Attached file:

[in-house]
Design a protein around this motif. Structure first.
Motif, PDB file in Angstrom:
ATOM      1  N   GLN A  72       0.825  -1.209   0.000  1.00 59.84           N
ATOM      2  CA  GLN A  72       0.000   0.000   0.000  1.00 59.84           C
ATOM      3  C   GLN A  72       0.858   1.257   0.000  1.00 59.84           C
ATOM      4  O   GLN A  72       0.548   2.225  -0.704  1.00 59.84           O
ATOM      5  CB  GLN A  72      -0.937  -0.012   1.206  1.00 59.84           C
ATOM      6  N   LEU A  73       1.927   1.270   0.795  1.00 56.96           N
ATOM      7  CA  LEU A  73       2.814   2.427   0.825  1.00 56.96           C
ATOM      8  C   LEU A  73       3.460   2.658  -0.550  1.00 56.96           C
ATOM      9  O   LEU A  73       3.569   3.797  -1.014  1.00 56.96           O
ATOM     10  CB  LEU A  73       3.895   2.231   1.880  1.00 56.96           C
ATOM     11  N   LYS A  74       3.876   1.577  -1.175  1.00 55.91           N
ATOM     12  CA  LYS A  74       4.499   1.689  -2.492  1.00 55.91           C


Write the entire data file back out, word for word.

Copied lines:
[in-house]
Design a protein around this motif. Structure first.
Motif, PDB file in Angstrom:
ATOM      1  N   GLN A  72       0.825  -1.209   0.000  1.00 59.84           N
ATOM      2  CA  GLN A  72       0.000   0.000   0.000  1.00 59.84           C
ATOM      3  C   GLN A  72       0.858   1.257   0.000  1.00 59.84           C
ATOM      4  O   GLN A  72       0.548   2.225  -0.704  1.00 59.84           O
ATOM      5  CB  GLN A  72      -0.937  -0.012   1.206  1.00 59.84           C
ATOM      6  N   LEU A  73       1.927   1.270   0.795  1.00 56.96           N
ATOM      7  CA  LEU A  73       2.814   2.427   0.825  1.00 56.96           C
ATOM      8  C   LEU A  73       3.460   2.658  -0.550  1.00 56.96           C
ATOM      9  O   LEU A  73       3.569   3.797  -1.014  1.00 56.96           O
ATOM     10  CB  LEU A  73       3.895   2.231   1.880  1.00 56.96           C
ATOM     11  N   LYS A  74       3.876   1.577  -1.175  1.00 55.91           N
ATOM     12  CA  LYS A  74       4.499   1.689  -2.492  1.00 55.91           C